at Oudekerksplein 23, Amsterdam, 1012 GX Netherlands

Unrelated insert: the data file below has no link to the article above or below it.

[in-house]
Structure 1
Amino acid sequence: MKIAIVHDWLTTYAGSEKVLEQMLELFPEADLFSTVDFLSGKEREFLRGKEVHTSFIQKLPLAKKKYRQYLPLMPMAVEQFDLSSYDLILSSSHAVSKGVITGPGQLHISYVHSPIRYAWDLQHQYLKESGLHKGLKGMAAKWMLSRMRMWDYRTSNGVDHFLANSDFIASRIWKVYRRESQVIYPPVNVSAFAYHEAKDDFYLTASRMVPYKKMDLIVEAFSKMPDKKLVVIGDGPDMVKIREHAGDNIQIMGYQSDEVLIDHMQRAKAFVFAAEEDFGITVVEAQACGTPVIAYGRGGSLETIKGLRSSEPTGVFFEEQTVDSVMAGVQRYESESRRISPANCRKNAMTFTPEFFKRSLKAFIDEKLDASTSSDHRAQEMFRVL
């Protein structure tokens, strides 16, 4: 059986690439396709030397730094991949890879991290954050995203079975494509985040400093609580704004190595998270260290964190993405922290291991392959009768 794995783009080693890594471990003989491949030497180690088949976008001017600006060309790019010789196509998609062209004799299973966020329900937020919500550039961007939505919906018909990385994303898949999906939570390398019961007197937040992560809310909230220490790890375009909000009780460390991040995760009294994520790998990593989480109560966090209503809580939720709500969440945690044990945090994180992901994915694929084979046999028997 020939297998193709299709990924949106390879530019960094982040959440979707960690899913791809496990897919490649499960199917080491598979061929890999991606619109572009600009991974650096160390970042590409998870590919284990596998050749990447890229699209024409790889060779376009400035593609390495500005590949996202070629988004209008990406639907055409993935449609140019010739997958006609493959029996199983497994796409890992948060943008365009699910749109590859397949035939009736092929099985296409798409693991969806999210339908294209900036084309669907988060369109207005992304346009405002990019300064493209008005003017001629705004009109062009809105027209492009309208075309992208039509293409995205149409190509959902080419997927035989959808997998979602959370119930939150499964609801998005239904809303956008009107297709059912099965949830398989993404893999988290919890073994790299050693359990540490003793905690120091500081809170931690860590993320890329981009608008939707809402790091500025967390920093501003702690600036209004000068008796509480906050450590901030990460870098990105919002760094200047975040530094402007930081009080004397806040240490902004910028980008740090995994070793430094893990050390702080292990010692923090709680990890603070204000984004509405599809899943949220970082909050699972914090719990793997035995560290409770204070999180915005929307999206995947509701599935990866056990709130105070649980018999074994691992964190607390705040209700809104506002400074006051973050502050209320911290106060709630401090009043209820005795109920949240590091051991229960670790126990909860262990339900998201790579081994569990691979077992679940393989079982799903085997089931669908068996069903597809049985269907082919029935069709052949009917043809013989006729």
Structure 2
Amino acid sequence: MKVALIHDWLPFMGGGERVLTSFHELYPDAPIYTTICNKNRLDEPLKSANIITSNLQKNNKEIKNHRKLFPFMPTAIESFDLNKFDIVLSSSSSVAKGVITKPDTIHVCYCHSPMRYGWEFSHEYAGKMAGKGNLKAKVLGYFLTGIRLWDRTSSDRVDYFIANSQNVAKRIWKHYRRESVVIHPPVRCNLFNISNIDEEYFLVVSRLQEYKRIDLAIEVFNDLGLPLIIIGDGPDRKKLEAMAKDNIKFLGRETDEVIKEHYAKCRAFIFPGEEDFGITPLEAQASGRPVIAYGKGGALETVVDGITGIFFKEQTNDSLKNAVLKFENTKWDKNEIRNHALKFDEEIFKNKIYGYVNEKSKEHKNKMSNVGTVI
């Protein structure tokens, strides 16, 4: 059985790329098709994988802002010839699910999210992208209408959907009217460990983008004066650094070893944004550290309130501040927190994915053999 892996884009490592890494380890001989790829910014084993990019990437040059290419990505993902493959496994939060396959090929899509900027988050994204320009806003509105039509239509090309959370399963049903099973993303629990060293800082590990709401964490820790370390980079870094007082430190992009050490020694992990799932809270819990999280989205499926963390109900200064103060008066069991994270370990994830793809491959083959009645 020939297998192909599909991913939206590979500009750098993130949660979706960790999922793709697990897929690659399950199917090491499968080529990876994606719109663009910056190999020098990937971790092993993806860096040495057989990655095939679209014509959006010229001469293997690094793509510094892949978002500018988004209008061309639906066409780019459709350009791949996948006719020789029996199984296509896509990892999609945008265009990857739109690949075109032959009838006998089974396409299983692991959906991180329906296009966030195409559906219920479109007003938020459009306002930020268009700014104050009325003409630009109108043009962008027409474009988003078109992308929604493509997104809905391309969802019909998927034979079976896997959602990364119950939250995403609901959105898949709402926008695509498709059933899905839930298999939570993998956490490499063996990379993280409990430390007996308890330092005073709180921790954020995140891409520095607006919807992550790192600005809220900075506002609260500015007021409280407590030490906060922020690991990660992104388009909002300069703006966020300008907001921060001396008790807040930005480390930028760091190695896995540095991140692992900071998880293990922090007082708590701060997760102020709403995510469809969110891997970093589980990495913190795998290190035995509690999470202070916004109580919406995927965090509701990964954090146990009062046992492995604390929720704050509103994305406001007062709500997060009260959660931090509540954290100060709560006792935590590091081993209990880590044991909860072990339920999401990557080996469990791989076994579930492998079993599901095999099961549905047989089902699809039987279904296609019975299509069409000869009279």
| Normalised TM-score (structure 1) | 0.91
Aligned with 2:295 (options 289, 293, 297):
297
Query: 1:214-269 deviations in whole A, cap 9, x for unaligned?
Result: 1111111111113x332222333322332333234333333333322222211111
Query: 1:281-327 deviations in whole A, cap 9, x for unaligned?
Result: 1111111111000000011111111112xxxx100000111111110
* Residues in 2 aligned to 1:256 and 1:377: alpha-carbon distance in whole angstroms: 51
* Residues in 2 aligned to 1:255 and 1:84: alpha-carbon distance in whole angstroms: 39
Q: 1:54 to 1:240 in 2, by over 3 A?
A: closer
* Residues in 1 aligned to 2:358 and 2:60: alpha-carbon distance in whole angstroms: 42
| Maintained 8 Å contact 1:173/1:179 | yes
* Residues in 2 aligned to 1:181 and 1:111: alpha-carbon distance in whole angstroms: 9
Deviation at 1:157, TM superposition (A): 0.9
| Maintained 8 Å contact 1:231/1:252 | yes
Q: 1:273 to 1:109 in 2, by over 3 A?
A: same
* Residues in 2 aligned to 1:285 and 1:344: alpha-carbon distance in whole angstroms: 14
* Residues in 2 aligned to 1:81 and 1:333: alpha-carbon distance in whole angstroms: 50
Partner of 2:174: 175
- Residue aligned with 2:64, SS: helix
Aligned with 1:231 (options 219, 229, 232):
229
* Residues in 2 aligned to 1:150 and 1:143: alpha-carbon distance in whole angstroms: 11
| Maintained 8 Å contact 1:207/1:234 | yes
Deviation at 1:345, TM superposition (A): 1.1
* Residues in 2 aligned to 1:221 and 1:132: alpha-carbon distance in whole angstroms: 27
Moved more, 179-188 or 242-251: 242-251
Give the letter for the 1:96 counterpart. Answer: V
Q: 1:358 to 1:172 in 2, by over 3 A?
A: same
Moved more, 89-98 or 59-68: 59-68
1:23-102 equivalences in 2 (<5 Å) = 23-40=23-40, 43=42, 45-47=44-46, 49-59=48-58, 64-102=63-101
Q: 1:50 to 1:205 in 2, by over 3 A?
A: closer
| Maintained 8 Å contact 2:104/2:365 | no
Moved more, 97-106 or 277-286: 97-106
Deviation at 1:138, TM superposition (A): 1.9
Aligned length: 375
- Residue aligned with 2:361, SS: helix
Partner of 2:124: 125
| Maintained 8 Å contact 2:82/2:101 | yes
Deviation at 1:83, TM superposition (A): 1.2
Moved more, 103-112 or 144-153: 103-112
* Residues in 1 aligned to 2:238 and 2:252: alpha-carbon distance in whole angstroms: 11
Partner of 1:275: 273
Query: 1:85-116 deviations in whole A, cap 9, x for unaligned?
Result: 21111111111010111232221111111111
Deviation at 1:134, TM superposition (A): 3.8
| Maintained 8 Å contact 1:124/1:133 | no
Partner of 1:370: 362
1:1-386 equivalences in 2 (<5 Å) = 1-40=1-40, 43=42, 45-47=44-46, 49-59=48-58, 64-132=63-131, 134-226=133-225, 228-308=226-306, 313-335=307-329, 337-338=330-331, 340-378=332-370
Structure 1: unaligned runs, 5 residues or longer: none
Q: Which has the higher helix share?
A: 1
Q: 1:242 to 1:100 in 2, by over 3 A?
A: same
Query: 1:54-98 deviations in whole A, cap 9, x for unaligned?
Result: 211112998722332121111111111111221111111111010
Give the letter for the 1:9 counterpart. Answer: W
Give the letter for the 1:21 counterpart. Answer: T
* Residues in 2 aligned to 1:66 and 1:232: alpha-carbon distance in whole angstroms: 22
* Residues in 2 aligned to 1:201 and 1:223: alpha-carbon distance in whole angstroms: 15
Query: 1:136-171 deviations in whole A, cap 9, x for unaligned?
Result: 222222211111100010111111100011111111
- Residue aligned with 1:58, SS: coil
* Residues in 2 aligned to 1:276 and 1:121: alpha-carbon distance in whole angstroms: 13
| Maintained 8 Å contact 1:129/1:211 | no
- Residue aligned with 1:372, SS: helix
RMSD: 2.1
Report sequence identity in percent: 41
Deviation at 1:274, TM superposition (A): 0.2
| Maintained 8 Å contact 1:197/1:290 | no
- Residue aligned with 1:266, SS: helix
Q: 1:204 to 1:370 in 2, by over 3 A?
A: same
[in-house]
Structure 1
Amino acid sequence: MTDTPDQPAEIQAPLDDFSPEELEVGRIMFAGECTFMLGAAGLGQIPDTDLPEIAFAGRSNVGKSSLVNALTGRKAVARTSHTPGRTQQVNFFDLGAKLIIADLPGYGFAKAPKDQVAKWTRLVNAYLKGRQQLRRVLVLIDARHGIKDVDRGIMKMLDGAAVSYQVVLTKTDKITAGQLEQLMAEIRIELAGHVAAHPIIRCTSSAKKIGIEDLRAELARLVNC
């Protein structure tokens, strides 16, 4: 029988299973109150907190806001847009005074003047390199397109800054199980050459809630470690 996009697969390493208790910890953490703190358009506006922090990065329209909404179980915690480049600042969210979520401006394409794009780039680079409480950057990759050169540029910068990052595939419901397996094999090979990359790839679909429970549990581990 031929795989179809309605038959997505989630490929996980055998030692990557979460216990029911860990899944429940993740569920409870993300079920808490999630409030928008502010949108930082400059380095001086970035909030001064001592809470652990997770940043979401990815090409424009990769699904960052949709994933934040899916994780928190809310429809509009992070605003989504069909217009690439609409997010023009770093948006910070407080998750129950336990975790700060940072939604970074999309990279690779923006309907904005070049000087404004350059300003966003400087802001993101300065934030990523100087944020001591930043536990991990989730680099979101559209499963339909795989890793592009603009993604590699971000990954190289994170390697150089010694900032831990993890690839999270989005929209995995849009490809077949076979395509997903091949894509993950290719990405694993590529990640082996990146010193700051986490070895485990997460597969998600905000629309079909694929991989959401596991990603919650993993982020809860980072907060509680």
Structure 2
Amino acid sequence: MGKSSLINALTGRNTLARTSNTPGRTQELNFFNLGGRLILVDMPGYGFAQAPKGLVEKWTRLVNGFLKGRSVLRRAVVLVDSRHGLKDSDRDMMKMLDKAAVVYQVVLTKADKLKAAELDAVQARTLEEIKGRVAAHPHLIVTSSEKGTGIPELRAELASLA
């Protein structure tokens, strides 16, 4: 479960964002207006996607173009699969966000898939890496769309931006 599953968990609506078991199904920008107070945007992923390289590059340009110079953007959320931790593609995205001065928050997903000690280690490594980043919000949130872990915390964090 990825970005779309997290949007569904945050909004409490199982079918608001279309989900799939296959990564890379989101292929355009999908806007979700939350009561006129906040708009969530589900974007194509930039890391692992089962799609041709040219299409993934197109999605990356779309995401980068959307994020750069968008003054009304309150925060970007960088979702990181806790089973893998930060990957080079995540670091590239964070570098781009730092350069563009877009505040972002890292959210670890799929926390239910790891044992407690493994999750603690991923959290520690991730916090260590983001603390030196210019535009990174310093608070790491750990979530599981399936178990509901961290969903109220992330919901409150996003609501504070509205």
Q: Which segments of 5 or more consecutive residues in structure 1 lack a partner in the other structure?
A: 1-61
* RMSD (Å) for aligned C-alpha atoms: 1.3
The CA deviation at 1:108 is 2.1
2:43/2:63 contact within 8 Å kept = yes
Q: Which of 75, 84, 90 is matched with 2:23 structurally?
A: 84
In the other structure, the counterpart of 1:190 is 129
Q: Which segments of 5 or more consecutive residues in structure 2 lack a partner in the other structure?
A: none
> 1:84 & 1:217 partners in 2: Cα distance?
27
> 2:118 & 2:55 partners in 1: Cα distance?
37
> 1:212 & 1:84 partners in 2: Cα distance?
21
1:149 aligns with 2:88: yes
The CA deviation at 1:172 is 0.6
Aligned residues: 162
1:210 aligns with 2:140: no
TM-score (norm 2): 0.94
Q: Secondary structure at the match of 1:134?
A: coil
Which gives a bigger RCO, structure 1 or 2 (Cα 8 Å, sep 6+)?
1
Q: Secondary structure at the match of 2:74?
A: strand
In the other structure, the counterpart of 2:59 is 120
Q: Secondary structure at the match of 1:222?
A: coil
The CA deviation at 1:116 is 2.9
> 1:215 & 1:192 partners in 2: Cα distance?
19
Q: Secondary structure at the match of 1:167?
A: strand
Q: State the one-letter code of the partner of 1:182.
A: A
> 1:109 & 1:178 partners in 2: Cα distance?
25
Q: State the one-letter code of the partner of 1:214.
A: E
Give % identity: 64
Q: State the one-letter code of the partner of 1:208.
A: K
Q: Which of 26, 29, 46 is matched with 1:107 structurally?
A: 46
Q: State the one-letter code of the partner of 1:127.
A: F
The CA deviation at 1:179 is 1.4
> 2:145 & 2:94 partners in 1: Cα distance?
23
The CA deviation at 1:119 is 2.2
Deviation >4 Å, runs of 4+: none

The 800-year-old Oude Kerk is Amsterdam’s oldest building and oldest parish church, founded ca. 1213 and consecrated in 1306 by the bishop of Utrecht with Saint Nicolas as its patron saint. After the Reformation in 1578 it became a Calvinist church, which it remains today. It stands in De Wallen, now Amsterdam's main red-light district. The square surrounding the church is the Oudekerksplein.HistoryBy around 1213, a wooden chapel had been erected at the location of today's Oude Kerk. Over time, this structure was replaced by a stone church that was consecrated in 1306.The church has seen a number of renovations performed by 15 generations of Amsterdam citizens. The church stood for only a half-century before the first alterations were made; the aisles were lengthened and wrapped around the choir in a half circle to support the structure. Not long after the turn of the 15th century, north and south transepts were added to the church creating a cross formation. Work on these renovations was completed in 1460, though it is likely that progress was largely interrupted by the great fires that besieged the city in 1421 and 1452.Before the Alteratie, or Reformation in Amsterdam of 1578, the Oude Kerk was Roman Catholic. Following William the Silent’s defeat of the Spanish in the Dutch Revolt, the church was taken over by the Calvinist Dutch Reformed Church. Throughout the 16th-century battles, the church was looted and defaced on numerous occasions, first in the Beeldenstorm of 1566, when a mob destroyed most of the church art and fittings, including an altarpiece with a central panel by Jan van Scorel and side panels painted on both sides by Maarten van Heemskerck. Only the paintings on the ceiling, which were unreachable, were spared.
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